It used to confuse and fascinate me how so many people with great dreams and great visions of the future can live such ordinary, repetitive lives. But now I know. I’ve experienced it. Doing something remarkable with your life is tough work, and it helps to remember one simple, motivating fact: in a blink, you could be gone. To paraphrase Steve Jobs: remembering that you are going to die is the best way you can avoid the trap of thinking you have something to lose. You really have nothing to lose.
In a conversation with a friend recently, he said he was disappointed that some of his friends had turned out to be not as remarkable as he thought them. He felt this was a flaw in them, something incurable. I disagreed.
For myself, I believe that I am trying to do something remarkable with my life. I also believe that it is in anyone's grasp to do so. Once upon a time, I did believe that being remarkable, unique, different, was something "god-given" (in the philosophical sense), something internal that you could not learn.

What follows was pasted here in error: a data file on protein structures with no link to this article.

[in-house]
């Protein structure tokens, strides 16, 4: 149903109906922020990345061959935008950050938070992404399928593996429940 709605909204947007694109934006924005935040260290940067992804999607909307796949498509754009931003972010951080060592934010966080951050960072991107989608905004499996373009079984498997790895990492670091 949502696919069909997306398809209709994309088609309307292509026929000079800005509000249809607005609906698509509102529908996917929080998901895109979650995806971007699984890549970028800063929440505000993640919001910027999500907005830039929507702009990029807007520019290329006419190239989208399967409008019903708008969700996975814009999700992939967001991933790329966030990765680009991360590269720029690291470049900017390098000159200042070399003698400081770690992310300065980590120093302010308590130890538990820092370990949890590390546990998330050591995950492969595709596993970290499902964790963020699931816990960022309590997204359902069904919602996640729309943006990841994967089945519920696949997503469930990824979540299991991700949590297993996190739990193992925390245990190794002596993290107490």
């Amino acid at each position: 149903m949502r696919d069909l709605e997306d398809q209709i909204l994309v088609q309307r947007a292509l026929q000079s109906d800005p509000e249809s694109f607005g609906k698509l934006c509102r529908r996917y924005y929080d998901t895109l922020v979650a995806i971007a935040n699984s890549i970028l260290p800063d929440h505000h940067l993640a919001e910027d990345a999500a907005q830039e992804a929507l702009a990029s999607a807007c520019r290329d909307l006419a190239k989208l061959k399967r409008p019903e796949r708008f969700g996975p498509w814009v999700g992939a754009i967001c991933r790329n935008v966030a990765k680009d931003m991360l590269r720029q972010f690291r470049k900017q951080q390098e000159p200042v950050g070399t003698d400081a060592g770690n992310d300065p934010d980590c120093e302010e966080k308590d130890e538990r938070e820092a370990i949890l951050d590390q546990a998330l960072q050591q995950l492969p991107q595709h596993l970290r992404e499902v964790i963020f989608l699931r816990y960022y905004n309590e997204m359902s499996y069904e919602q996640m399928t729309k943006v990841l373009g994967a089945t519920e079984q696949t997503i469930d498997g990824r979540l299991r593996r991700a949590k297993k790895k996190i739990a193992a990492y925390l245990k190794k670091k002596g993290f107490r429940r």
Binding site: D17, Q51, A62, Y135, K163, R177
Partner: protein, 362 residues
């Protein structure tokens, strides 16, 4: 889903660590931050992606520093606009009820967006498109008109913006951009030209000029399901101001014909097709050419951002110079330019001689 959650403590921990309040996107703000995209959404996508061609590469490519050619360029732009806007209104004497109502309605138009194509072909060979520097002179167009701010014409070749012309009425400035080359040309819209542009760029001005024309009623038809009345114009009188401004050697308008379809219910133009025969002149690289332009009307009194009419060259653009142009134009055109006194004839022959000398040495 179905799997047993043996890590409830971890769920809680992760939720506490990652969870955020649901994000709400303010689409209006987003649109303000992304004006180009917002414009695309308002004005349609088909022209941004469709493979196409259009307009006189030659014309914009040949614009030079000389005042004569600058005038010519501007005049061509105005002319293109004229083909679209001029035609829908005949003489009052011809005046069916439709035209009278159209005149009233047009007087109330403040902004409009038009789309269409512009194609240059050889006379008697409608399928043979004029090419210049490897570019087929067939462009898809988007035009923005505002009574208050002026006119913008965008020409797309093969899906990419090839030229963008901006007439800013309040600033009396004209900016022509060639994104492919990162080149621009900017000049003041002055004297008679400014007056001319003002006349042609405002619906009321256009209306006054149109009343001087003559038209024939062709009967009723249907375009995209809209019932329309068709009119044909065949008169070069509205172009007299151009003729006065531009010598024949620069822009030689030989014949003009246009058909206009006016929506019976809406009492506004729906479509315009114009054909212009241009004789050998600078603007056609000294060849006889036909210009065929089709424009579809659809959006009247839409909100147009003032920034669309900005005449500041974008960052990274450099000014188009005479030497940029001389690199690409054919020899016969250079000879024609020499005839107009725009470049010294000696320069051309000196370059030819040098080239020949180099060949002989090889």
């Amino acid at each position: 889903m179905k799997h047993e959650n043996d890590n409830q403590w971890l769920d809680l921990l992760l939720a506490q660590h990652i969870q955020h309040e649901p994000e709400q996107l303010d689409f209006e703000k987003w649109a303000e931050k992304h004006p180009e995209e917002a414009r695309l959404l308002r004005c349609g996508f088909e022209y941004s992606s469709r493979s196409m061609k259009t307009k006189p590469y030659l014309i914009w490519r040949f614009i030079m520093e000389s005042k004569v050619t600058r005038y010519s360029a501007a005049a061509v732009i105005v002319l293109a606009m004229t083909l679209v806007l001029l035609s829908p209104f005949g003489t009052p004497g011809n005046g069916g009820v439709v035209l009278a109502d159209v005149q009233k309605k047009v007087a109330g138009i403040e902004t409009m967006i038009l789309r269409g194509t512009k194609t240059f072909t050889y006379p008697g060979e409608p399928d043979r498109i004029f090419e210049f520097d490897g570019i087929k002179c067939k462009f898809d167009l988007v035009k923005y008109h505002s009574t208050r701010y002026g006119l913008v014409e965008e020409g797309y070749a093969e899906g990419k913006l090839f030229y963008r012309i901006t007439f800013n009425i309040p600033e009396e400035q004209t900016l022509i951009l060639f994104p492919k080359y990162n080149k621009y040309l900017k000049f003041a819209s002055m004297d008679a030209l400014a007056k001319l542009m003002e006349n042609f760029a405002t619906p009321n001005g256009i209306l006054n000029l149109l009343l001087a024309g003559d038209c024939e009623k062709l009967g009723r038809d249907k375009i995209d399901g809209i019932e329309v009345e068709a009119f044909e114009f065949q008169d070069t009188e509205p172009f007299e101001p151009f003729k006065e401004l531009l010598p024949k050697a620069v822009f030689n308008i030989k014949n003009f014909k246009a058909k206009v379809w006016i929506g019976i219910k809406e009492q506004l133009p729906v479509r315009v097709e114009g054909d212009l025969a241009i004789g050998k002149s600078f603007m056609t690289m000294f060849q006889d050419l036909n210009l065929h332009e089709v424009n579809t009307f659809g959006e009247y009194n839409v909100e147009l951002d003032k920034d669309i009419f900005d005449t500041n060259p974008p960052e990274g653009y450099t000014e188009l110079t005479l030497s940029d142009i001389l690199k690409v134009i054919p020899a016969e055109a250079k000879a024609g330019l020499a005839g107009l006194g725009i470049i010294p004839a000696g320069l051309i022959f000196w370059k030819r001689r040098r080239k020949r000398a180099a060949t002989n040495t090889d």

Ironically, in hindsight, at that time of my life I was wholly unremarkable. I was one of those people with dreams, living an ordinary, repetitive life.
What changed me was an event and the introspection from that event, both conscious and subconscious. As Jobs put it: remembering that you are going to die is the best way you can avoid the trap. Faced with the prospect of imminent death, I discovered that my life had not been well lived, until then.
It took years for this change to fully make its way through to my actions, but I believe a lot of my best decisions since then trace back to those fateful 45 minutes in a tube carriage.
And so my conclusion: I don't believe that being remarkable has anything to do with intelligence, skill, competence, education, background, etc. It has to do with perspective. Barring terrible luck (if I had not survived that day, I would have no chance of becoming remarkable, obviously), it is within all of us to be remarkable, special, different, unique, to have an impact on the world around us and feel that our life was worth living.
What stops most of us from doing so is not inability. It is comfort and fear, and their brethren, laziness and excuses. But those foes soon fall when faced with a proper perspective of life, and death.
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